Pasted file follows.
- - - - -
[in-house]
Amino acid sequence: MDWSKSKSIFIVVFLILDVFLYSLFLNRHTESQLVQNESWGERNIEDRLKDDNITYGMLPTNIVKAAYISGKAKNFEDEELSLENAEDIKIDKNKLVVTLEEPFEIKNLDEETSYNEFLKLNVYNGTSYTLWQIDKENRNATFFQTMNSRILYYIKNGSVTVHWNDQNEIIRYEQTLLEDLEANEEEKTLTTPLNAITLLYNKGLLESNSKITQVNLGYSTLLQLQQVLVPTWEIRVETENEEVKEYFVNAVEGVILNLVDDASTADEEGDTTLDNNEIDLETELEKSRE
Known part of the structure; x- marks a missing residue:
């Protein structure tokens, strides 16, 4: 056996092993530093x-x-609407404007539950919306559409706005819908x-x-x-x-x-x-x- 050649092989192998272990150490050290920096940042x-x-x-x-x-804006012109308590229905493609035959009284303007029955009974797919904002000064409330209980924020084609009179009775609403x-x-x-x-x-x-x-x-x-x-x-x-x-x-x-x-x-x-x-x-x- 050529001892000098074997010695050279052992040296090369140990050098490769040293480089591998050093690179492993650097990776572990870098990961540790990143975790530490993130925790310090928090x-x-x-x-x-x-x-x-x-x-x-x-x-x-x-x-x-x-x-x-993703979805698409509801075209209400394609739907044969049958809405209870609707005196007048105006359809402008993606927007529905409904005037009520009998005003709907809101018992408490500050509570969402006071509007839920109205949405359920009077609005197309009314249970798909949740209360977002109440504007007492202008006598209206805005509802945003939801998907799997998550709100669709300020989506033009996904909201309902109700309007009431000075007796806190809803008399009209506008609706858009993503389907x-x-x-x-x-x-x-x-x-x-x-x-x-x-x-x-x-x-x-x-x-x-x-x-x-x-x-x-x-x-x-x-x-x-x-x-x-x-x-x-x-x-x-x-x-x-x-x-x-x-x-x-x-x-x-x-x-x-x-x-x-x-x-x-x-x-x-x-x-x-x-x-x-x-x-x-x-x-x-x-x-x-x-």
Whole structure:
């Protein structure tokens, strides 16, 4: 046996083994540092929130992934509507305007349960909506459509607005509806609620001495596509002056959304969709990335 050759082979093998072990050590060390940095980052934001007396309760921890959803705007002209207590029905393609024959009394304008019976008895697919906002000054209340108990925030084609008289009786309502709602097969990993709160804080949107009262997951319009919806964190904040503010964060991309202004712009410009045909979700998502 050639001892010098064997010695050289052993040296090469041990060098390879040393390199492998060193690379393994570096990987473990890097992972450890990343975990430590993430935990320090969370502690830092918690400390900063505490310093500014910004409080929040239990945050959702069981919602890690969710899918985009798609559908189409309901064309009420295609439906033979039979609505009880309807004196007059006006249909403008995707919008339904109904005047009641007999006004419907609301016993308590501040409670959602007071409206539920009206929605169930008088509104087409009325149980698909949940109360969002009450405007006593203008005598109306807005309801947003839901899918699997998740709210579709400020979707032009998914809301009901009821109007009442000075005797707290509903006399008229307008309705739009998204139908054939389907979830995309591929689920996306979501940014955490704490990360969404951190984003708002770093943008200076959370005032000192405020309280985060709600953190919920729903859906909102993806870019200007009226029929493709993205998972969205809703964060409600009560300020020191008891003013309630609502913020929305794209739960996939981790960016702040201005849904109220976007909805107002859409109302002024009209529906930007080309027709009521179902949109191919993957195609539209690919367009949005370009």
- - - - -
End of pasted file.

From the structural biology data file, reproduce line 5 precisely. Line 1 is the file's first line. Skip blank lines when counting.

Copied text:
Whole structure: